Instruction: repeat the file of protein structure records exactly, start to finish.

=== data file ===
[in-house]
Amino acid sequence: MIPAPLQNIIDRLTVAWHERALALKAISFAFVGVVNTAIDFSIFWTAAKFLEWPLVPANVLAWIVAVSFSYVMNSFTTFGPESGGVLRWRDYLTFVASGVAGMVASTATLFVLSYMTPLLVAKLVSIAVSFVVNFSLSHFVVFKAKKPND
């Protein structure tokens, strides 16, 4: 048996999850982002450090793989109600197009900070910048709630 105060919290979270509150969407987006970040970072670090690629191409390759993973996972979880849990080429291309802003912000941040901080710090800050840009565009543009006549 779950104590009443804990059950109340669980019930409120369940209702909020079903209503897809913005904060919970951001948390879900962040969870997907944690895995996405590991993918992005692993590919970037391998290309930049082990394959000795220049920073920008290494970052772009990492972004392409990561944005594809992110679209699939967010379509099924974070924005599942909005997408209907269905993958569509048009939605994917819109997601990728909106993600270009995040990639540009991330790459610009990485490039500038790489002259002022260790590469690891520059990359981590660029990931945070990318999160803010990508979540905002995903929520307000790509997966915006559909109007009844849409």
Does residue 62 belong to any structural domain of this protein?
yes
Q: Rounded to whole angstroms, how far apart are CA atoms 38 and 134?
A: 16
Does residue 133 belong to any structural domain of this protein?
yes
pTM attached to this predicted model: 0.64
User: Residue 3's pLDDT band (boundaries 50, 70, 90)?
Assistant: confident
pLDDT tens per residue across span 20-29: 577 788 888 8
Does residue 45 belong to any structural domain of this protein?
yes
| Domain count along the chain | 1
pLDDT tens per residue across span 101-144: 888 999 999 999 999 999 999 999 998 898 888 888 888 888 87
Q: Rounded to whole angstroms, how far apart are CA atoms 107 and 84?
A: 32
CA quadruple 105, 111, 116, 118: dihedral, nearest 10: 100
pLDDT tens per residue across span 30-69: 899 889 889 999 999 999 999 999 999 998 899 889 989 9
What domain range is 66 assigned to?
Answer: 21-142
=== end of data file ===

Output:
[in-house]
Amino acid sequence: MIPAPLQNIIDRLTVAWHERALALKAISFAFVGVVNTAIDFSIFWTAAKFLEWPLVPANVLAWIVAVSFSYVMNSFTTFGPESGGVLRWRDYLTFVASGVAGMVASTATLFVLSYMTPLLVAKLVSIAVSFVVNFSLSHFVVFKAKKPND
């Protein structure tokens, strides 16, 4: 048996999850982002450090793989109600197009900070910048709630 105060919290979270509150969407987006970040970072670090690629191409390759993973996972979880849990080429291309802003912000941040901080710090800050840009565009543009006549 779950104590009443804990059950109340669980019930409120369940209702909020079903209503897809913005904060919970951001948390879900962040969870997907944690895995996405590991993918992005692993590919970037391998290309930049082990394959000795220049920073920008290494970052772009990492972004392409990561944005594809992110679209699939967010379509099924974070924005599942909005997408209907269905993958569509048009939605994917819109997601990728909106993600270009995040990639540009991330790459610009990485490039500038790489002259002022260790590469690891520059990359981590660029990931945070990318999160803010990508979540905002995903929520307000790509997966915006559909109007009844849409």
Does residue 62 belong to any structural domain of this protein?
yes
Q: Rounded to whole angstroms, how far apart are CA atoms 38 and 134?
A: 16
Does residue 133 belong to any structural domain of this protein?
yes
pTM attached to this predicted model: 0.64
User: Residue 3's pLDDT band (boundaries 50, 70, 90)?
Assistant: confident
pLDDT tens per residue across span 20-29: 577 788 888 8
Does residue 45 belong to any structural domain of this protein?
yes
| Domain count along the chain | 1
pLDDT tens per residue across span 101-144: 888 999 999 999 999 999 999 999 998 898 888 888 888 888 87
Q: Rounded to whole angstroms, how far apart are CA atoms 107 and 84?
A: 32
CA quadruple 105, 111, 116, 118: dihedral, nearest 10: 100
pLDDT tens per residue across span 30-69: 899 889 889 999 999 999 999 999 999 998 899 889 989 9
What domain range is 66 assigned to?
Answer: 21-142